The recent Queensland state election has received widespread attention. Most commentators have noted that the drubbing the Liberal National Party received was remarkable. Others have suggested that the election marks a new era of gender and racial equality.
By Meredith Jacka, Socialist Party
New Premier Annastacia Palaszczuk is the first woman in Australia to lead a state opposition party to victory. With Jackie Trad taking the role of Deputy Premier, this is the first time that both senior positions have been occupied by women.
The election also resulted in Leeanne Enoch becoming the first Aboriginal woman elected to the Queensland parliament. She is joined by Billy Gordon as Labor’s first indigenous parliamentarians in that state.
This year marks the 100th anniversary of women winning the right to vote in Queensland. The wait was much longer for Indigenous women, as indigenous people only won the right to vote in 1962. These gains were only made possible due to the heroic struggles of working class activists, both women and Aboriginal, all those years ago.
The election of women and indigenous people to parliament is only possible because of these past struggles. While it is an important milestone, it is not an end in itself. Acting in a government implementing austerity, even women and Indigenous parliamentarians will find themselves inevitably voting for polices that advantage the wealthy, while disadvantaging the rest of us.
Ultimately it is not the identity of the politician, but rather their political affiliation that determines what polices they will end up supporting. Both Labor and Liberal are guilty of perpetuating the gender pay gap, undermining social services and continuing the historic dispossession of Aboriginal people.
As we have seen so many times before, the policies implemented by the Queensland Labor Government will not be primarily informed by its gender or racial make-up. At both a state and federal level the Labor Party, along with the Liberals, has consistently implemented anti-women, anti-aboriginal and anti-worker policies. The reasons for this stem from the fact that Labor is a party that represents the interests of big business, not ordinary people.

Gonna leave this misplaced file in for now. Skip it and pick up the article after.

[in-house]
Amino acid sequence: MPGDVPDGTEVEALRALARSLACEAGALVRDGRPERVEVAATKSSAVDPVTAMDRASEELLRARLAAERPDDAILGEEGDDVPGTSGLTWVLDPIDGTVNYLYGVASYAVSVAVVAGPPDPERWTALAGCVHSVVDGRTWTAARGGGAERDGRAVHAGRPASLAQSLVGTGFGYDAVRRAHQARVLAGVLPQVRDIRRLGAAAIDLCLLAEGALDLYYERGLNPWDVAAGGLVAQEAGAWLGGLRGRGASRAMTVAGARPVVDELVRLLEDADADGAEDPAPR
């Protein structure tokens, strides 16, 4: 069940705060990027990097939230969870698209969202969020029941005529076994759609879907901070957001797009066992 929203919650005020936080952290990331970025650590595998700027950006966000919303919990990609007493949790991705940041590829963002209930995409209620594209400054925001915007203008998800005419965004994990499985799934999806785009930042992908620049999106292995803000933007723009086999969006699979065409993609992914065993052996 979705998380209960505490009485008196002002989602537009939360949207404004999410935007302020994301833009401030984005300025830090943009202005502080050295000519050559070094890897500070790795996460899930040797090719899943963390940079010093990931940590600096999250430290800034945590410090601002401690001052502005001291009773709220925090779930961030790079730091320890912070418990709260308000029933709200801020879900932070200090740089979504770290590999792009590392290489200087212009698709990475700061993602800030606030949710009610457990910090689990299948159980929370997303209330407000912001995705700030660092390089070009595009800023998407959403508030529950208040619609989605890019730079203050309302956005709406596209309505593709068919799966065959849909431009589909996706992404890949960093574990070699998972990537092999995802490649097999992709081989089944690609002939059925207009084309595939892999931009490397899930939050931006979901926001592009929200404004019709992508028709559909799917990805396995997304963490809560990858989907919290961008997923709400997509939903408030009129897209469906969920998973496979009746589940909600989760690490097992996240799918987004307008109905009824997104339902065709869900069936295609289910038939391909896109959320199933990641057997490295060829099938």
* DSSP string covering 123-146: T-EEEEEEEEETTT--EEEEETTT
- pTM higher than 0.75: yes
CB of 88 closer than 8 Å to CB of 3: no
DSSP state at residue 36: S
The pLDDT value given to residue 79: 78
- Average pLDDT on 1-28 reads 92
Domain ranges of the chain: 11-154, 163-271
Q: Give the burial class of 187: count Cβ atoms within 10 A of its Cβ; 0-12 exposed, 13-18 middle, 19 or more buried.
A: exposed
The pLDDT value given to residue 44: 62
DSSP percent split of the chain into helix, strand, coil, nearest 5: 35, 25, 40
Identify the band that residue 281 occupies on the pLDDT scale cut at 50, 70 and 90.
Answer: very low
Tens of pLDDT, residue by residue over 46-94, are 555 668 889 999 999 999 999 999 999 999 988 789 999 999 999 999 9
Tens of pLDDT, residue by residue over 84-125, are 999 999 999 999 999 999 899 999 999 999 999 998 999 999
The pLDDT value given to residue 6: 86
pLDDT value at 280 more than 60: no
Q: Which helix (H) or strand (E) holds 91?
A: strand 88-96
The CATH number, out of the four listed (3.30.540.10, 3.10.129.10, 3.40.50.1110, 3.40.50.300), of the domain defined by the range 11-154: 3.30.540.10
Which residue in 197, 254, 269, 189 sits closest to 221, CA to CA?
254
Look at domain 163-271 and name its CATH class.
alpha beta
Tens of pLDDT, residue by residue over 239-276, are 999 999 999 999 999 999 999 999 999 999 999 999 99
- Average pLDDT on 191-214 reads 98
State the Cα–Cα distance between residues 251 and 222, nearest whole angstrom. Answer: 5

Often it has been Labor women at the helm when these discriminatory policies have been carried through. It was Julia Gillard that oversaw the Northern Territory Intervention which led to the destruction of many remote aboriginal communities for the benefit of big mining companies.
Likewise, it was Jenny Macklin who helped push thousands of single parents of the pension and onto the lower unemployment benefit leaving many as much as $100 a week worse off.
In Queensland former Labor leader Anna Bligh oversaw the privatisation of $15 billion worth of public assets. The higher prices and poorer services which resulted from this have left millions of working people worse off, especially women and indigenous people who are at greater risk of being pushed into poverty.
The outcome of the recent election shows that Queenslanders are searching for alternatives to big business policies like cuts and privatisations. While we need more women and indigenous representatives, we need that representation to be unashamedly in the interests of ordinary people, rather than big business. We need to build solidarity amongst all working class people to create a new political force that can act as a real alternative to the major parties.
See also: LNP routed at Queensland election